In this next lesson, we're gonna take a look at another tool called a Z copy and how we can use it to upload data into our storage account services.
The objectives include we're gonna take a overview of the ese copy utility. We'll look at some authentication options and then finally jump out to a demo and take a look at a couple scenarios where we can upload our data.
So first, what is a Z copy? It is a command line tool that you can use to copy, block or file data into our storage accounts. So note that this cannot be used for our table or accuse services. This is just four blobs containers and our files.
Ese copy is Justin Execute Herbal, and it's available for Windows or Mac in a zip file or Lennix as a tar file. So there's nothing to install. It's literally just a command line utility that you can run without any installation.
In fact, we've already seen it at work. Storage Explorer actually uses a Z copy underneath the covers for its data transfer operations, and here's a quick screen shot from our previous demo where we're uploading those log fouls. And if you notice here on the right, there is a link here to copy the easy command to the clipboard.
That Storage Explorer just used to upload our data.
So just like in Storage Explorer, we had a couple of different options to authenticate to the service to get access to our storage account.
And that holds true for easy copy as well. Let's take a look at its authentication options.
Ese copy can use either azure active directory or a shared access signature or s A S.
And as we saw in our last demo when we were using Storage Explorer, it's generating those shared access signatures for us on the fly and then using ese copy in the background to perform the data operations.
Ese copy can only be used with our container blob storage or our file share services, but each one uses different authentication for a container storage. We can use azure active directory or shared access signatures.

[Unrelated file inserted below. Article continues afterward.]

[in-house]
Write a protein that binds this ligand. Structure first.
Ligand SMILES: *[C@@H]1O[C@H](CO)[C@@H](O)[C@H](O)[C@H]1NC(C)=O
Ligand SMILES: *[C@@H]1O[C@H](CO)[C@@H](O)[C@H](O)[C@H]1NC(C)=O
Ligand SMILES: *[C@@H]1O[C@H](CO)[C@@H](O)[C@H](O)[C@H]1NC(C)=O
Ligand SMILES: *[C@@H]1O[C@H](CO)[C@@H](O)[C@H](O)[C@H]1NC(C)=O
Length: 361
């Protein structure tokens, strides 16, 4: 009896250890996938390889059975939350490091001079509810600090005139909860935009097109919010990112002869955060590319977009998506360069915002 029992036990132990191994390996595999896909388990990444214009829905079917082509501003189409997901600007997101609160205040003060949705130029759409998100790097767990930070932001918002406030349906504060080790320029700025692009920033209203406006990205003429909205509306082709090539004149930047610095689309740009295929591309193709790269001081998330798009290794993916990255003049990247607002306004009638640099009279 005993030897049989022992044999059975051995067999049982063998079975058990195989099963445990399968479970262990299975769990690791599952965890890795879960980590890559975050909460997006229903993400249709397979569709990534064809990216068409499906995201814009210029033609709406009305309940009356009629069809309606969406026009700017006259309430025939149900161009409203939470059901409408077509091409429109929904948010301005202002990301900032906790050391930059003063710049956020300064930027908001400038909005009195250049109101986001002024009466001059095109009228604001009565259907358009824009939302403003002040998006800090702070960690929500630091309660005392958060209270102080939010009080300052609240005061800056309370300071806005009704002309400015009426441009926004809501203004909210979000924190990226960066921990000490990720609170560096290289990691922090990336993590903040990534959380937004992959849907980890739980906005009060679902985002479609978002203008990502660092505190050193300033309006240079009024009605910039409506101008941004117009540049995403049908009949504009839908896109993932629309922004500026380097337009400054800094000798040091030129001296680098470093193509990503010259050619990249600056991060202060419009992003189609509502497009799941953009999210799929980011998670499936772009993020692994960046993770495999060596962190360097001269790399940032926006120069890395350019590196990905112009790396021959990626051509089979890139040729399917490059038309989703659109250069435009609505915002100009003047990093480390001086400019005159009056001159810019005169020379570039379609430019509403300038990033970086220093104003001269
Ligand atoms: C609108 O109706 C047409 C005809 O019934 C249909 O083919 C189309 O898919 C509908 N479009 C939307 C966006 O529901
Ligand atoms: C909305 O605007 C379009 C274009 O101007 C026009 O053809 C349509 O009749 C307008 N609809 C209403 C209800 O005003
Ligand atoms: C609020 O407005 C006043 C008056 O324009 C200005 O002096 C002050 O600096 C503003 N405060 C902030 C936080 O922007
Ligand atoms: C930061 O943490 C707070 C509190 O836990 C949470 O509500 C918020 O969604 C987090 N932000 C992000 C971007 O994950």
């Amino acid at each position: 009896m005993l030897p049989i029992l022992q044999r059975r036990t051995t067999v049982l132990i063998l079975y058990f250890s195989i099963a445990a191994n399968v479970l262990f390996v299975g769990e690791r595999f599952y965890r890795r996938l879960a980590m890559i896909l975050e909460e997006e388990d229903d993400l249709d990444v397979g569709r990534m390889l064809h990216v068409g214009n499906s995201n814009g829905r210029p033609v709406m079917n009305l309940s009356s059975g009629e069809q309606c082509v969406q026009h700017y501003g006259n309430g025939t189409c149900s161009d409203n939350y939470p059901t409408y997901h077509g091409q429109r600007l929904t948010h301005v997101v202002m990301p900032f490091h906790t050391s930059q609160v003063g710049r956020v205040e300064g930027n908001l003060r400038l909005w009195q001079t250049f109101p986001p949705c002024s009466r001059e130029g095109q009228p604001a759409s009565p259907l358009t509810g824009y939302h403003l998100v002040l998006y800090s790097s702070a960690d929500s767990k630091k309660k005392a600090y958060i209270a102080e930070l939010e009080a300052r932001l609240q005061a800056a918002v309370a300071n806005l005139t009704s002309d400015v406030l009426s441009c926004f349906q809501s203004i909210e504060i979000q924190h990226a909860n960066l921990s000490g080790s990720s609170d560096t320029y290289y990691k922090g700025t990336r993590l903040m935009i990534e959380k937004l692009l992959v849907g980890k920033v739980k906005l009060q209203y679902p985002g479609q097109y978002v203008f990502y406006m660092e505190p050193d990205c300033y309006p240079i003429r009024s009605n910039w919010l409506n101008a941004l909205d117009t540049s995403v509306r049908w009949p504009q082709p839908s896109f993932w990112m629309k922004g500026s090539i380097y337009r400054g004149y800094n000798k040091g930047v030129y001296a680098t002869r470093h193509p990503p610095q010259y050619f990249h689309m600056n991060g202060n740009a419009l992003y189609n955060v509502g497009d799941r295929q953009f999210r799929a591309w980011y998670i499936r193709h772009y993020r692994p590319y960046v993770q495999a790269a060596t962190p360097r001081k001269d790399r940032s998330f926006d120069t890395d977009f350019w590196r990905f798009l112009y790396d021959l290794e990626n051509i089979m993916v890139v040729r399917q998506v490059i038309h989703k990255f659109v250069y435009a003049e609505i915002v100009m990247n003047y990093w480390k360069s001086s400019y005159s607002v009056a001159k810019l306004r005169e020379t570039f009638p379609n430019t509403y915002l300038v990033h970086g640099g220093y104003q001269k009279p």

But if we're gonna be working with our foul share storage, it only uses shared access signatures, and we'll take a look at each of these in our demo.
The benefits to using azure active Directory is, you only need to provide your credentials once. Once you log in, you'll have access to all your services and be able to use the command line tool to upload or download data,
whereas with using a shared access signature or S A S, you have to append the token each time. And if the token you have will perform the operations you need, you'll have to go generate another one.
You'll also need to be aware of our back authorization, and this is something we looked at in our last module. Just because I'm the owner of a storage account doesn't necessarily mean I'll have access to perform data operations inside the container or the foul share. And that's gonna hold true here, since we can use azure active directory to connect to our container storage.
And we'll see this in the demo where initially I won't have permissions.
We'll have to go in and add them in order for me to upload data into our container.
Next, let's take a look at what the Azure 80 authentication looks like.
First inside the command line will run the A Z copy utility and specify the log in parameter after it.
This will put up some text into our command window, saying we need to go to Microsoft dot com slash device, log in and enter this code in order to authenticate. Once you navigate to that page and enter in the code,
it's going to ask for you to pick an account to sign into your azure storage. Izzy copy on the remote device. Once I select my name and complete the sign in,
we go back to the command line is going to say Loggins succeeded at the bottom.
And finally, once we're done uploading or downloading data, we simply run ese copy again and specify. Log out.
Next, Let's take a look at our shared access signature authentication